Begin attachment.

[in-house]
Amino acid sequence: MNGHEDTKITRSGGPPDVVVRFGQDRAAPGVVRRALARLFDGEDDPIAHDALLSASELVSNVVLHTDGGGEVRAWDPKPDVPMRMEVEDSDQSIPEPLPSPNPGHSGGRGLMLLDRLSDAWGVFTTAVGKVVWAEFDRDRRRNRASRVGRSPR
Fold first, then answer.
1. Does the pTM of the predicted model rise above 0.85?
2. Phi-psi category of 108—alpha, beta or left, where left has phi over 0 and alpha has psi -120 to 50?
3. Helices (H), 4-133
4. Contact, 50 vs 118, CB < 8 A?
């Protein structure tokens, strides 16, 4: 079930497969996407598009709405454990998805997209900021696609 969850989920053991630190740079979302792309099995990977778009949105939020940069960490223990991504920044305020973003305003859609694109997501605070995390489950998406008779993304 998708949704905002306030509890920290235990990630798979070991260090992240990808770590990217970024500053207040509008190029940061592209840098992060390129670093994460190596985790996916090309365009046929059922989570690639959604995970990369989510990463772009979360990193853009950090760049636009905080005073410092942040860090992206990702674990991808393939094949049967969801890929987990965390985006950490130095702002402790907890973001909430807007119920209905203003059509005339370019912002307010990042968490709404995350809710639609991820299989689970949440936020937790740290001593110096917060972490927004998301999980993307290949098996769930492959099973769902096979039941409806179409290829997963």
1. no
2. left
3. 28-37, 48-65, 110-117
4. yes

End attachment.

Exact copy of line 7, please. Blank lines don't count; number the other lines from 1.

4. Contact, 50 vs 118, CB < 8 A?